The first major IPO in some months, that of coffee brand JDE Peet’s on the Amsterdam Stock Exchange on Friday, raised $2.5 billion and gave investors around the globe the first twinge of that recovery feeling.
That IPO took only 10 days to raise the large sum and was heavily oversubscribed. Shares in JDE Peet’s jumped by 17 per cent early in its first trading day, and kept rising to close at €36.08. It continued moving higher on Monday. The current market cap is at €18.225 billion.
JDE Peet’s is part of the Reimann family’s JAB Holding Co, which in recent years has acquired a number of major coffee brands including Dowe Egberts, Kenco, Caribou Cofaxfee and Keurig Green Mountain.
This is the largest IPO since 2018, when braking systems maker Knorr-Bremse raised €3.9 billion in October 2018 on Deutsche Börse Xetra. It has sent vibrations throughout the investment community who are hoping that a new IPO season will finally open.
The IPO certainly seemed to lift animal spirits on global exchanges, where investors seemed prepared to downplay the tensions between the Trump administration and China, as well as the novel coronavirus crisis.
“Signs of improvement in growth and gradual opening up of economies have helped boost sentiment from a very low base,” said Mark Nash, head of fixed income at Merian Global Investors. “And there’s still no sign of debilitating second wave of infections.”
Overall, analysts expected far worse from the White House which has only revoked special trade privileges for Hong Kong in retaliation for Beijing’s decision to impose a controversial security law on the former British colony. As Hong Kong does not depend greatly on its trade with the US, investors there seemed unruffled and sent stocks 3.4 per cent higher.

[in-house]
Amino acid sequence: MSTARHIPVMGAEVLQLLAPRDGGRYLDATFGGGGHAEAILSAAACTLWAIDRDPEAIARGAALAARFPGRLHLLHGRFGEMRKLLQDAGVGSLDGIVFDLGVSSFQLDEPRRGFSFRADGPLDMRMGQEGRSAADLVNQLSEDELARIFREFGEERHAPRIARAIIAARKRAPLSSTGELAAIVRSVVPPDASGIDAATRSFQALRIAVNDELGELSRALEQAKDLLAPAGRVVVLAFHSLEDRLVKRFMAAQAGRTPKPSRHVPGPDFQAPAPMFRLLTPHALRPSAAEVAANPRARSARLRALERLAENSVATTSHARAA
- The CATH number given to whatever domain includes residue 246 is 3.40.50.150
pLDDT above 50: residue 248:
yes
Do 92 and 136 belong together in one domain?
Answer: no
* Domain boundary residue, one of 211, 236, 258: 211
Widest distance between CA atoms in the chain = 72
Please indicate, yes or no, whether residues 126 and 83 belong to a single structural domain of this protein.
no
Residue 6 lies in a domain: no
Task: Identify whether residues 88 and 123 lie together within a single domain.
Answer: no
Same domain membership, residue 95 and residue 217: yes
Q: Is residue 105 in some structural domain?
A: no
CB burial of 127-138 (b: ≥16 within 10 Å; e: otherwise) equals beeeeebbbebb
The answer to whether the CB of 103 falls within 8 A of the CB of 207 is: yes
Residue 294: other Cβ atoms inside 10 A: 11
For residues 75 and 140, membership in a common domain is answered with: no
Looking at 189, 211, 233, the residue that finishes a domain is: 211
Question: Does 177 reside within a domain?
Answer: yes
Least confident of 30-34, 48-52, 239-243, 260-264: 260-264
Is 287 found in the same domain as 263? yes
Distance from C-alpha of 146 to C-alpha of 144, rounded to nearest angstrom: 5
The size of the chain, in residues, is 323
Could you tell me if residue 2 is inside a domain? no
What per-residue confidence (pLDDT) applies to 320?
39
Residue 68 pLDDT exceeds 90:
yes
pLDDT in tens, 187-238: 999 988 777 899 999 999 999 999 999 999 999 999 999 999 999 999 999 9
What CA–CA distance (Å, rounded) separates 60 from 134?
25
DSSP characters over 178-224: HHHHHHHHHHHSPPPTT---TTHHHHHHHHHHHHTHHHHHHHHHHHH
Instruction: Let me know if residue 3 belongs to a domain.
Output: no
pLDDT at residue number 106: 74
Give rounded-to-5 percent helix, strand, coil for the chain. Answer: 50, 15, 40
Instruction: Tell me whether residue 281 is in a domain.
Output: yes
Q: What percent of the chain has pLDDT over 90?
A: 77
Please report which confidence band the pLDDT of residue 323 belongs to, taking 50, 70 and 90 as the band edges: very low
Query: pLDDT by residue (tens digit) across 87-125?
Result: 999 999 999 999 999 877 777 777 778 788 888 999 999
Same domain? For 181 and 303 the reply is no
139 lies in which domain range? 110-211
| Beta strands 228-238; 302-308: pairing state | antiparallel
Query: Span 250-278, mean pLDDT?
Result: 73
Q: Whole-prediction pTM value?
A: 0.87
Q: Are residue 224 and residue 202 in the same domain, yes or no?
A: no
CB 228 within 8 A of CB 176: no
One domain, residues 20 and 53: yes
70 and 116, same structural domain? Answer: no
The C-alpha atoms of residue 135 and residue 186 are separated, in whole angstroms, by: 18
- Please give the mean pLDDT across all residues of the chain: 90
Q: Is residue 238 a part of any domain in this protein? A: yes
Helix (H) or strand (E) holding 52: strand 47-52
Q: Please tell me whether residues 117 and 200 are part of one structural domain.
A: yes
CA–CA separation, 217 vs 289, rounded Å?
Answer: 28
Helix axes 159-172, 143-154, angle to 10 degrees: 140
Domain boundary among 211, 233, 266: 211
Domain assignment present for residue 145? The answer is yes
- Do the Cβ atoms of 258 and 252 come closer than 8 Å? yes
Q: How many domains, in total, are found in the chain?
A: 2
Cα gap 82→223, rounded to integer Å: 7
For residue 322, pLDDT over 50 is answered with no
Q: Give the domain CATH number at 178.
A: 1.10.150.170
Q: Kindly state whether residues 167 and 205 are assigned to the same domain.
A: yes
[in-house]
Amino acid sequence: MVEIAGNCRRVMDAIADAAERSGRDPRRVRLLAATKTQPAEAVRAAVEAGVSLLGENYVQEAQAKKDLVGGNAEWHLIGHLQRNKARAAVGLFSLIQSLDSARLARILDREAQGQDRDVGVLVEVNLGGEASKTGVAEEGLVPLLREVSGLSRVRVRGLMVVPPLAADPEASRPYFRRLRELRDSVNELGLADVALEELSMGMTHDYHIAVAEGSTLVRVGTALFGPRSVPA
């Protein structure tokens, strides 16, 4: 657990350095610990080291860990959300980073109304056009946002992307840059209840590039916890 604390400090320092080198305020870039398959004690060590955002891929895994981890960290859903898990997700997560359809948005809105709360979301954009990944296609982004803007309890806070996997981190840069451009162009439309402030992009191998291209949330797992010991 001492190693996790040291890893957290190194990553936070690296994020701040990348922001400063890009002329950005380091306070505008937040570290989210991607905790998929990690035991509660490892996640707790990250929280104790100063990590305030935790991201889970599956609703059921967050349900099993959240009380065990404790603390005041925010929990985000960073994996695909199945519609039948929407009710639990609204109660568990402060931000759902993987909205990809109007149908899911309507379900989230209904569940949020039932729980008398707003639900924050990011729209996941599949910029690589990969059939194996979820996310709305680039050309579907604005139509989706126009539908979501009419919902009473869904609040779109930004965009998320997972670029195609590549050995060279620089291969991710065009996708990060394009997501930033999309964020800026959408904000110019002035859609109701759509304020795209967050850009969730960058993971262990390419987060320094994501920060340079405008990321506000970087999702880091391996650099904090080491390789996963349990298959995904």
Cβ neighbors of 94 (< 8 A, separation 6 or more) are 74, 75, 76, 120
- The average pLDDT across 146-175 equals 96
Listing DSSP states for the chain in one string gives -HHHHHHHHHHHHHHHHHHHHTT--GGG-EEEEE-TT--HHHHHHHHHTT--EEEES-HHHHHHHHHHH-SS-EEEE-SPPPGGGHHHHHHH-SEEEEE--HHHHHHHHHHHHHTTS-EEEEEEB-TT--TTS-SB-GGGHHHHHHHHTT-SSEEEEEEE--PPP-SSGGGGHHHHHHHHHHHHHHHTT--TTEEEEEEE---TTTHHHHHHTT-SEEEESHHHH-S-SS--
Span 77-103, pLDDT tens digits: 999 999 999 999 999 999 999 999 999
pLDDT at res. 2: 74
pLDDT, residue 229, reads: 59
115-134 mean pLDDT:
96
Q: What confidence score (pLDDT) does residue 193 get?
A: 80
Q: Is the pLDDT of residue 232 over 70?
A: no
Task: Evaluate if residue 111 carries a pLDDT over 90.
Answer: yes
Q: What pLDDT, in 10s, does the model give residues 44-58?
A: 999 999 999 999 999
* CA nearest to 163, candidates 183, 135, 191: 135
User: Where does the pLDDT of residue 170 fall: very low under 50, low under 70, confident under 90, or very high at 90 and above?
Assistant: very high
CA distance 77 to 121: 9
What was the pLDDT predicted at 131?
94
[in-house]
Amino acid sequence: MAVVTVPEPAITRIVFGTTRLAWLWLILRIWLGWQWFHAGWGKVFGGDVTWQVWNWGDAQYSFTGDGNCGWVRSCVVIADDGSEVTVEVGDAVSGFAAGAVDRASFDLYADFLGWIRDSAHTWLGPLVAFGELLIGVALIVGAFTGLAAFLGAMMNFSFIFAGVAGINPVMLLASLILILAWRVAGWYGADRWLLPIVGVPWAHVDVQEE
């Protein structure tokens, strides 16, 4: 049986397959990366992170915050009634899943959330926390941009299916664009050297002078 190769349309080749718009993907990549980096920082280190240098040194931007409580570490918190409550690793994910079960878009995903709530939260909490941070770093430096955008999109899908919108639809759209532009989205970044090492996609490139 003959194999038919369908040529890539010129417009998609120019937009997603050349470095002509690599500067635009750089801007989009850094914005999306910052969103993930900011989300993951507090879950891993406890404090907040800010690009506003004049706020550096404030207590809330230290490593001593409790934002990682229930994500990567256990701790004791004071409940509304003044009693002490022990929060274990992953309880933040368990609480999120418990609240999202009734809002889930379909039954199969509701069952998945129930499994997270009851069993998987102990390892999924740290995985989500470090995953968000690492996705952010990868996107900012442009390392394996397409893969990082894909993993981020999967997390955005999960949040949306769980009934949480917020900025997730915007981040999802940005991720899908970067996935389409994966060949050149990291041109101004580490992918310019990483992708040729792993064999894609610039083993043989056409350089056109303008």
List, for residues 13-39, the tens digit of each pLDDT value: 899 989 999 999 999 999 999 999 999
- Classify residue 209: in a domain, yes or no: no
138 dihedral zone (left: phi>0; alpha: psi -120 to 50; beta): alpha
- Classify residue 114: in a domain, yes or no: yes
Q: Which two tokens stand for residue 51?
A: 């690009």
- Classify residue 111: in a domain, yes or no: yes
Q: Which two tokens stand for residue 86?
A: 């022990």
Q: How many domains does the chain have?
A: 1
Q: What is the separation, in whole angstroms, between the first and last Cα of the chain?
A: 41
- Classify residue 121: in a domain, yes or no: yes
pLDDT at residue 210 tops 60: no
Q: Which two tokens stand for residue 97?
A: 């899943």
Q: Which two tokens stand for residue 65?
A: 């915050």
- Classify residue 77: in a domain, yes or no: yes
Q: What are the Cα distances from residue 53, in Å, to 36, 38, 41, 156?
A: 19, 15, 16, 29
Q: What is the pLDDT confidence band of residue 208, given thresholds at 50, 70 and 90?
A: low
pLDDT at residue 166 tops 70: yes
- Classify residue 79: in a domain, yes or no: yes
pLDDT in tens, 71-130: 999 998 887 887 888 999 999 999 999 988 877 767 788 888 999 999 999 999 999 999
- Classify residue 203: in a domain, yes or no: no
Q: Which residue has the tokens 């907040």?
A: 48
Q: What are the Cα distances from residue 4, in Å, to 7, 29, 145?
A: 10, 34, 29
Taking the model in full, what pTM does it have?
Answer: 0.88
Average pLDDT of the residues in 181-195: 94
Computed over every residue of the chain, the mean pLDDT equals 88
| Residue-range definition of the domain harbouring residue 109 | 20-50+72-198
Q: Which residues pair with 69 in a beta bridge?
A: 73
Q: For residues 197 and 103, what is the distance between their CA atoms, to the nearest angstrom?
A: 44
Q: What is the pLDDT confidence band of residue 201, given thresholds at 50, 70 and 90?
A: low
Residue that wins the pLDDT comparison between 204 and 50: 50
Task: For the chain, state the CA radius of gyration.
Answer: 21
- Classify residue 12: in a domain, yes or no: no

Japan’s Nikkei jumped 0.8 per cent to a three-month high. The Shanghai Composite closed up 2.2 per cent.
But, all that good feeling evaporated as Chinese agricultural firms reportedly moved to cease buying some American agricultural goods. This threatened phase one of the trade agreement between the US and China. Beijing had pledged to buy agricultural goods as part of that agreement.
The bad news from China caused European stocks to reverse gains made in the morning. Germany’s DAX was down 1.65 per cent, hurt as well by news that the IHS Markit German Manufacturing PMI for May 2020 (final) came in at 36.6, slightly lower than analysts had expected. France’s CAC 40, on the other hand, was up 1.25 per cent.
In the US, however, the riots that have broken out in the wake of the George Floyd alleged murder by police officers in Minneapolis have hurt market sentiment. Futures were flat at about an hour before the open, suggesting that stocks will see a lacklustre start of the day.
In the US, investors will be looking at data from manufacturing PMIs for May, and the significant manufacturing index from the Institute of Supply Management. A reading of construction spending for April also is due.
US stocks have enjoyed a remarkable, steady rally over the past few weeks, with the S&P 500 climbing 35 per cent.
A report by Goldman Sachs warned that the dizzying gains won’t last, as a rebound from these highs is likely. Short-sellers are apparently going to have the last laugh.